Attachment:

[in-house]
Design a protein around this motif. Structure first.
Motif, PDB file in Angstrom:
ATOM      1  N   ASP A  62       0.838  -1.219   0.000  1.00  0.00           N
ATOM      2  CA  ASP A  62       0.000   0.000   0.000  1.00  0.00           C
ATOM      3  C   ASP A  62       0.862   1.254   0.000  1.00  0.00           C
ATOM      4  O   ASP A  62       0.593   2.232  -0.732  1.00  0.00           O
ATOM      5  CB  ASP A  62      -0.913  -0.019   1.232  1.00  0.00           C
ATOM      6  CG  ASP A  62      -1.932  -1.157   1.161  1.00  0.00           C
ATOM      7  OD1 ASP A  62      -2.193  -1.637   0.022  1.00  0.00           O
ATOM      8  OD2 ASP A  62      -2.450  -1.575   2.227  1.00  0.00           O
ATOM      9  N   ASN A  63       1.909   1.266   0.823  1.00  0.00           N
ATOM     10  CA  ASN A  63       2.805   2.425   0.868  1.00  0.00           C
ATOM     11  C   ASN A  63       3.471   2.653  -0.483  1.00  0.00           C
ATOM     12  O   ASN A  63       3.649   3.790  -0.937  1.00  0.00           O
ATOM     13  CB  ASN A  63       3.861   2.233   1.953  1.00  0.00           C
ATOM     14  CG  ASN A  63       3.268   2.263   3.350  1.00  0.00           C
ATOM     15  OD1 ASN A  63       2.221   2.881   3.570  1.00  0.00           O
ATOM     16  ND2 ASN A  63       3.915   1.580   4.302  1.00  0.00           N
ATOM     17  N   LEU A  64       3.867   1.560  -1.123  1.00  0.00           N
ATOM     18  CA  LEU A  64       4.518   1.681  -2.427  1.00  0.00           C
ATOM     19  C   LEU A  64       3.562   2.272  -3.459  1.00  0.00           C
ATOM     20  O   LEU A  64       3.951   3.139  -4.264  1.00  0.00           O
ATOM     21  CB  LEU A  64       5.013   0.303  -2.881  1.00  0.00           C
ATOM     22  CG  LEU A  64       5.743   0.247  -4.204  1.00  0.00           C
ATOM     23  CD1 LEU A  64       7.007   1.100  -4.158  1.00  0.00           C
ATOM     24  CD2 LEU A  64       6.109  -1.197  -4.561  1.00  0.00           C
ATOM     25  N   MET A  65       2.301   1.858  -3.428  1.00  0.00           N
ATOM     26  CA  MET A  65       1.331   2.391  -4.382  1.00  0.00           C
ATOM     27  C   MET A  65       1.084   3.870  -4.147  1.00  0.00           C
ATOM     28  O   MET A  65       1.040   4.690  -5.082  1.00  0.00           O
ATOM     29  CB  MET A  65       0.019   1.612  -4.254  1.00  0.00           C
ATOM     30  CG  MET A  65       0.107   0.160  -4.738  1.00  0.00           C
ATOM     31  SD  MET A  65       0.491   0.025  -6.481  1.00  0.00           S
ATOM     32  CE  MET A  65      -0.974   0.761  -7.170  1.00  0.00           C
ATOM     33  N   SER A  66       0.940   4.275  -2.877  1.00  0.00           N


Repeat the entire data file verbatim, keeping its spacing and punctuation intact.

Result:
[in-house]
Design a protein around this motif. Structure first.
Motif, PDB file in Angstrom:
ATOM      1  N   ASP A  62       0.838  -1.219   0.000  1.00  0.00           N
ATOM      2  CA  ASP A  62       0.000   0.000   0.000  1.00  0.00           C
ATOM      3  C   ASP A  62       0.862   1.254   0.000  1.00  0.00           C
ATOM      4  O   ASP A  62       0.593   2.232  -0.732  1.00  0.00           O
ATOM      5  CB  ASP A  62      -0.913  -0.019   1.232  1.00  0.00           C
ATOM      6  CG  ASP A  62      -1.932  -1.157   1.161  1.00  0.00           C
ATOM      7  OD1 ASP A  62      -2.193  -1.637   0.022  1.00  0.00           O
ATOM      8  OD2 ASP A  62      -2.450  -1.575   2.227  1.00  0.00           O
ATOM      9  N   ASN A  63       1.909   1.266   0.823  1.00  0.00           N
ATOM     10  CA  ASN A  63       2.805   2.425   0.868  1.00  0.00           C
ATOM     11  C   ASN A  63       3.471   2.653  -0.483  1.00  0.00           C
ATOM     12  O   ASN A  63       3.649   3.790  -0.937  1.00  0.00           O
ATOM     13  CB  ASN A  63       3.861   2.233   1.953  1.00  0.00           C
ATOM     14  CG  ASN A  63       3.268   2.263   3.350  1.00  0.00           C
ATOM     15  OD1 ASN A  63       2.221   2.881   3.570  1.00  0.00           O
ATOM     16  ND2 ASN A  63       3.915   1.580   4.302  1.00  0.00           N
ATOM     17  N   LEU A  64       3.867   1.560  -1.123  1.00  0.00           N
ATOM     18  CA  LEU A  64       4.518   1.681  -2.427  1.00  0.00           C
ATOM     19  C   LEU A  64       3.562   2.272  -3.459  1.00  0.00           C
ATOM     20  O   LEU A  64       3.951   3.139  -4.264  1.00  0.00           O
ATOM     21  CB  LEU A  64       5.013   0.303  -2.881  1.00  0.00           C
ATOM     22  CG  LEU A  64       5.743   0.247  -4.204  1.00  0.00           C
ATOM     23  CD1 LEU A  64       7.007   1.100  -4.158  1.00  0.00           C
ATOM     24  CD2 LEU A  64       6.109  -1.197  -4.561  1.00  0.00           C
ATOM     25  N   MET A  65       2.301   1.858  -3.428  1.00  0.00           N
ATOM     26  CA  MET A  65       1.331   2.391  -4.382  1.00  0.00           C
ATOM     27  C   MET A  65       1.084   3.870  -4.147  1.00  0.00           C
ATOM     28  O   MET A  65       1.040   4.690  -5.082  1.00  0.00           O
ATOM     29  CB  MET A  65       0.019   1.612  -4.254  1.00  0.00           C
ATOM     30  CG  MET A  65       0.107   0.160  -4.738  1.00  0.00           C
ATOM     31  SD  MET A  65       0.491   0.025  -6.481  1.00  0.00           S
ATOM     32  CE  MET A  65      -0.974   0.761  -7.170  1.00  0.00           C
ATOM     33  N   SER A  66       0.940   4.275  -2.877  1.00  0.00           N